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My Summer in Tuscany

March 3, 2008 By: Ruthanne Terrero Travel Agent

Okay, it wasn't the entire summer. In fact, it was just for several days in late August/early September on a "Taste of Tuscany" program with Adventures by Disney. We started in Rome, where one of our two guides, Marco, met us at the airport, brought us to our car and set us on our way to the Empire Palace Hotel, where our second guide, Cynthia, was waiting. Talk about good first impressions: She stood vigilantly at the front desk until she secured our room keys, an act that got us into our room within 15 minutes of arrival, even though it was still early morning.


We loved our welcome bag, which contained an umbrella, a poncho, hydrating mist and a variety of skin gels and other items that complemented the sturdy backpack Disney had sent each guest prior to departure.

After relaxing, we joined our fellow adventurers for a meet-and-greet cocktail party. Our group was much smaller than most tours (11 in all) and was limited to those who were 18 and older. This particular trip ran over Labor Day weekend, which may have accounted for the smaller size—Adventures by Disney carries up to 42 guests on any departure. Cynthia and Marco told us they'd just had a group of that size which included 16 children. We've heard only good things about those situations, where families bond and kids forge long-lasting relationships.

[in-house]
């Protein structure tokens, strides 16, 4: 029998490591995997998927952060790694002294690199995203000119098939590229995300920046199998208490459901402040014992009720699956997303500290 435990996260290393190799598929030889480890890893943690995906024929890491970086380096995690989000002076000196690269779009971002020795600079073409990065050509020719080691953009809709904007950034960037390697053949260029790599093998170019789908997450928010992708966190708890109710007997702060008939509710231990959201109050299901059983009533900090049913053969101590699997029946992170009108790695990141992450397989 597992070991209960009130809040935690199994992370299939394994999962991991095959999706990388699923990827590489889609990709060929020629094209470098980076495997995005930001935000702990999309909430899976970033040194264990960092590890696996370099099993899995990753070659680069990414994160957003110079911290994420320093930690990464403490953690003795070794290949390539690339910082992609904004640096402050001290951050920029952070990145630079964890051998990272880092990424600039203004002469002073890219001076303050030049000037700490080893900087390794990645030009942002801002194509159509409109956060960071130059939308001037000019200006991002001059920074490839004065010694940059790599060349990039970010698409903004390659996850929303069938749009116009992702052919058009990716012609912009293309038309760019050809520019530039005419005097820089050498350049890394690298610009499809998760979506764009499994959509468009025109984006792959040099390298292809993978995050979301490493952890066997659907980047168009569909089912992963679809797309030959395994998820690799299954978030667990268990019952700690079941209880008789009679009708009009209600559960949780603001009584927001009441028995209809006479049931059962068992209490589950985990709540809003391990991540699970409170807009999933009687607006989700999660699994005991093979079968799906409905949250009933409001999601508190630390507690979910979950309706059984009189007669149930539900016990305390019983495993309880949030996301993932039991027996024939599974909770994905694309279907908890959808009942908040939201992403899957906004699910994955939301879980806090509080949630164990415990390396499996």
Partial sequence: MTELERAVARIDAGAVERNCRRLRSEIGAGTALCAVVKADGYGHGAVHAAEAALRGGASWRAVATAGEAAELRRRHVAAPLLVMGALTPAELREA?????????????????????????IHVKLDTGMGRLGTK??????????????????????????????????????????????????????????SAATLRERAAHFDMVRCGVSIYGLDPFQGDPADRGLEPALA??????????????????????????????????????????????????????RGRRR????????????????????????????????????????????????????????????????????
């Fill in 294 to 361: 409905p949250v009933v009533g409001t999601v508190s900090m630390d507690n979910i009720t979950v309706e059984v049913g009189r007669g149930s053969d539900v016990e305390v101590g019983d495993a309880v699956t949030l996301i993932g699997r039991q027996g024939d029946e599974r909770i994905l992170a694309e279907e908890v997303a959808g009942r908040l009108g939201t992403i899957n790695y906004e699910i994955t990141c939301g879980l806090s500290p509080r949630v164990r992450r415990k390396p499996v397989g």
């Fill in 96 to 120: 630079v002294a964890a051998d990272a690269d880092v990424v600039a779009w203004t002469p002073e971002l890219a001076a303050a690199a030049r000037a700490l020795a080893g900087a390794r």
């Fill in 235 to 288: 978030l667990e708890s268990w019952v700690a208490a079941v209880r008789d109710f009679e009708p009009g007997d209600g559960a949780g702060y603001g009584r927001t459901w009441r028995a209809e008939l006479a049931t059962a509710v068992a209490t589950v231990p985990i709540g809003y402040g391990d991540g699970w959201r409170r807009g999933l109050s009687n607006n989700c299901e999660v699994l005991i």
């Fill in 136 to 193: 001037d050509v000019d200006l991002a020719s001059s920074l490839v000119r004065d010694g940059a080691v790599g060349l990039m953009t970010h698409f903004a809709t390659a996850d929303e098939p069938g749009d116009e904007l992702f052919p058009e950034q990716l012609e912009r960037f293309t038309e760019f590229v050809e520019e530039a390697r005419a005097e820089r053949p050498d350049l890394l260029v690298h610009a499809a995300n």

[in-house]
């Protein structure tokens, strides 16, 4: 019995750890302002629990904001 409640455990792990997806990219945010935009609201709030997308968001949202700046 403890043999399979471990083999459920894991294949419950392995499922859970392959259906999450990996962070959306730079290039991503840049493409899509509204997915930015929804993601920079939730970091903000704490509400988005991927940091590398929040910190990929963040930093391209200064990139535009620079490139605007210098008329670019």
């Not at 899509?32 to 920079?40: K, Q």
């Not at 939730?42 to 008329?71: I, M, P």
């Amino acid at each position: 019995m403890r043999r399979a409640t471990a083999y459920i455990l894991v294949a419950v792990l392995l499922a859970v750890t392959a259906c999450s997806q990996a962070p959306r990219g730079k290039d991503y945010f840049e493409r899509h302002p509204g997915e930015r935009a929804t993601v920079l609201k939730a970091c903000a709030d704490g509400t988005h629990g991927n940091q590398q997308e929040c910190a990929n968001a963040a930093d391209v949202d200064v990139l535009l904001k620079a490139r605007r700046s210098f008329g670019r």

For now, we were content to hang with our new friends. One couple were fans of all things Disney and had gotten married at Walt Disney World. Others were members of the Disney Vacation Club and had found the itinerary for this particular trip too tempting to pass up. Who could blame them? Over the course of the following week, we were about to explore Rome, sample Umbria and then settle into our headquarters in a Tuscan villa. Pasta making was included in there somewhere, and we were all fairly certain that some very good Italian wine would be making a frequent appearance. Bring on la dolce vita!

Easing In
On our second day, we were still recovering from our first group dinner the night before (think: fresh fish and a generous portion of handmade ravioli), held at the hotel's gourmet Aureliano restaurant. But we were in fine enough form to meet our guide, Emilio, an expert on Rome. He was the ideal companion with whom to stroll through the Colosseum, the Forum, the Pantheon and the grounds of the Vatican. Imagine having every single question you've ever had about Roman history answered brilliantly as you're standing where the history actually took place.